FAQs: Clinical Interpretation and Reporting

Answers for providers who have questions about clinical interpretation and reporting.

Accurate phenotypic information helps us provide the best possible interpretation of a patient’s genomic data. Our analysis platform for exome and genome sequencing specifically requires clinical input to run its phenotype-matching algorithm.
We also take additional information such as family history and/or prior testing results into account to further improve data interpretation and variant classification.

Orders placed in our online portal will result in the same portal for ease of use.
Orders that come in other formats can have results delivered via our resulting portal GeneResults or via secure email. The result return method is determined by the selection you choose on the requisition under-reporting information. 

Although we cannot guarantee a TAT quicker than what is posted we will accept and accommodate, to the best of our abilities, expedited requests. A request for expedited results can be made by emailing help@baylorgenetics.com or calling in at 1-800-411-4363.

Diagnostic testing:
A result may be any of the following:
Positive: A pathogenic or likely pathogenic variant or combination of variants was identified and determined to be clinically relevant with reference to the patient’s phenotype.
Indeterminate / Variants of uncertain significance (VUS): Genomic variants possibly related to the patient’s phenotype were detected, however, the clinical significance is unclear at this time. Further investigation may be needed.
Negative: No variants were identified that can explain the patient’s phenotype.
Of note, for trio exome and genome sequencing analysis, an additional table with de novo, biallelic and hemizygous variants in genes unrelated to the clinical phenotype, or genes with no currently known disease association is included.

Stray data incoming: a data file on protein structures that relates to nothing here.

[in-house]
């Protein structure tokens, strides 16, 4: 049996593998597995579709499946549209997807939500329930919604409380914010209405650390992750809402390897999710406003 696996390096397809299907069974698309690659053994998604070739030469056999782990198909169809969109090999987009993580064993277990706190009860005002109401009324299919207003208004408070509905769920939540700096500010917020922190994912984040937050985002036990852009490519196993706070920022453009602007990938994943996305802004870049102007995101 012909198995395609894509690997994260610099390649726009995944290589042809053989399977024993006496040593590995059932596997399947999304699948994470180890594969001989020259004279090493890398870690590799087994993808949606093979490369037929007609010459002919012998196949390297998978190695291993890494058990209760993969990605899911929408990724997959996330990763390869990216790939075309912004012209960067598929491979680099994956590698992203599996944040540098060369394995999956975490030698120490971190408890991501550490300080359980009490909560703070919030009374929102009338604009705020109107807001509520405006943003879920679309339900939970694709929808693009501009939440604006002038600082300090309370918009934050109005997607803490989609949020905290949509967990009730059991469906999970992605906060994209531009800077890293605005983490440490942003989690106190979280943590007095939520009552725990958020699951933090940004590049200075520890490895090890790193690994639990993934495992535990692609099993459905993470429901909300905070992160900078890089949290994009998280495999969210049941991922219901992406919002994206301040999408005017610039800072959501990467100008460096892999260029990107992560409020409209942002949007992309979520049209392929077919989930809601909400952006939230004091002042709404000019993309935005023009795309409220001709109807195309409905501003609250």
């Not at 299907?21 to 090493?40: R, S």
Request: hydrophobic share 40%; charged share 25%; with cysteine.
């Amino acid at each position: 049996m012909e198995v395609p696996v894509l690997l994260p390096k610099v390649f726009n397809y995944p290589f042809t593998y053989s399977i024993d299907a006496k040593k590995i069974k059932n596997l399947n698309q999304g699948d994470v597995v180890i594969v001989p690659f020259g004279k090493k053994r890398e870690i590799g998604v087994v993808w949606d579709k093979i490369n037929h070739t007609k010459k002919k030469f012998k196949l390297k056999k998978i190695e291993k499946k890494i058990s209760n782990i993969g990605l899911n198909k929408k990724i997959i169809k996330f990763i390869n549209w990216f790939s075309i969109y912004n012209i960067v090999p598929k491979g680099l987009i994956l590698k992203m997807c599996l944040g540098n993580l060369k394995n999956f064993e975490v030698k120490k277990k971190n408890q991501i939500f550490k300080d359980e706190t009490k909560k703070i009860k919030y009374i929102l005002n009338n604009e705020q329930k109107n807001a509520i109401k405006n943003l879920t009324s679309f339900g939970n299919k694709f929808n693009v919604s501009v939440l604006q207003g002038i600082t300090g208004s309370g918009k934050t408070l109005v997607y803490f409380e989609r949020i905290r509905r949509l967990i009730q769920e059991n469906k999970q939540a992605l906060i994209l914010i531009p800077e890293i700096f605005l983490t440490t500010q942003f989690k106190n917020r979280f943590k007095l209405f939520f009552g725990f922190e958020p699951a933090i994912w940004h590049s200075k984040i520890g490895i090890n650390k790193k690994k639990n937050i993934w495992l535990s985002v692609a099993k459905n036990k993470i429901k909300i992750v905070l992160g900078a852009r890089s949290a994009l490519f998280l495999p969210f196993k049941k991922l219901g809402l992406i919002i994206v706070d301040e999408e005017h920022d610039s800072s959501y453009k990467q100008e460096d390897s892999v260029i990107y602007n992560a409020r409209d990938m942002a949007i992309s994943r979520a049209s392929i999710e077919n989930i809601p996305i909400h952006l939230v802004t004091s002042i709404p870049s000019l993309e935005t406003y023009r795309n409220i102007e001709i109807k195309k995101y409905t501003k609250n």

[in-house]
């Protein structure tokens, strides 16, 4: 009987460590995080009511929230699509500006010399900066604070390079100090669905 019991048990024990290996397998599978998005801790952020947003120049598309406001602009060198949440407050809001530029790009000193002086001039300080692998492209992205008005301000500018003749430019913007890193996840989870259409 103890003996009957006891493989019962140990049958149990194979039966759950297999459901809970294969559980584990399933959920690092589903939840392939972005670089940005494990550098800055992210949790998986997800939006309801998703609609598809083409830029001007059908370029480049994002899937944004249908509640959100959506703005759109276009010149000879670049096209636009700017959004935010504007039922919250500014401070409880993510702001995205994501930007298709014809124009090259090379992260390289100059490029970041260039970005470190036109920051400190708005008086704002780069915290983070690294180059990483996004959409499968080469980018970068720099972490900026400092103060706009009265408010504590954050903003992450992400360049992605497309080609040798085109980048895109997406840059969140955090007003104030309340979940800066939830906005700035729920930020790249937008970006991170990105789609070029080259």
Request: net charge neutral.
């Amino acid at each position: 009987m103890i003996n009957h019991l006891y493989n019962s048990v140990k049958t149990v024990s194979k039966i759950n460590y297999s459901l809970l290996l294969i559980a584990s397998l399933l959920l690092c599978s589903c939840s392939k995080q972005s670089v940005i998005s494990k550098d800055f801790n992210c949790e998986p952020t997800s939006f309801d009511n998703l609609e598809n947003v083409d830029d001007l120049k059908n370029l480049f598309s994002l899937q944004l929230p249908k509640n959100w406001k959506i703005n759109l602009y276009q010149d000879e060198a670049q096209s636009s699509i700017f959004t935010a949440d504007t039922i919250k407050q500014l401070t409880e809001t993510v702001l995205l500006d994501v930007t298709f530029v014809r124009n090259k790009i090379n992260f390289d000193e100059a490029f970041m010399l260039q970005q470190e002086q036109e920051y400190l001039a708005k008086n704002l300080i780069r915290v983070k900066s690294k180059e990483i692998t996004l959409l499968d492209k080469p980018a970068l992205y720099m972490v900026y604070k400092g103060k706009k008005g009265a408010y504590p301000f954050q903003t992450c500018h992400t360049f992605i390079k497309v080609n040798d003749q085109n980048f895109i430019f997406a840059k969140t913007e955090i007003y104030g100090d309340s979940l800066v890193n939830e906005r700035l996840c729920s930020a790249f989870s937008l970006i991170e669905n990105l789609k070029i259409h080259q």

Screening tests (reproductive carrier / hereditary cancer screening):
Positive: A pathogenic or likely pathogenic variant was detected. This may be indicative of carrier status for that particular disorder in the setting of reproductive carrier testing and/or hereditary susceptibility to cancer(s) depending on the gene and current risk associations.
Negative: No pathogenic or likely pathogenic variants were detected.
No variants of uncertain significance (VUS) are reported for screening tests.

Patients/parents have the choice to opt in or opt out for secondary findings (SF), as indicated on the Baylor Genetics exome and genome requisition/consent form. Secondary findings include pathogenic and likely pathogenic variants in a series of genes as recommended by the ACMG (currently SF v3.0, containing 73 genes). The recommended list of genes by ACMG is selected based on genetic disorders that include opportunistic screening to facilitate the identification and/or management of risks through established interventions aimed at preventing or significantly reducing morbidity and mortality.

For proband-only analyses only a report for the proband will be issued, including any variants that were identified related to the patient’s phenotype, and, when opt-in was chosen at consent, secondary finding variant(s).

For duo and trio analyses, a separate report for the parent will be issued, specifying whether secondary finding results were declined or requested, and if so, any secondary findings that were detected. The parental analysis for ACMG SF is performed independently of the proband data, i.e. the ACMG gene list is analyzed in the parental data regardless of any potential positive findings in the proband’s data.

All test results include information about the patient such as name and date of birth, how the test was performed, and the test results. Depending on the type of test you have, results may indicate a variant that is the cause of the disease or symptoms you or your child have. Some results may indicate a variant of unknown significance called a VUS, which may or may not be associated with a disease. It is also important to understand that genetic tests may have limitations in detecting specific types of variants, so it is best to consult with your physician about the testing you are undergoing.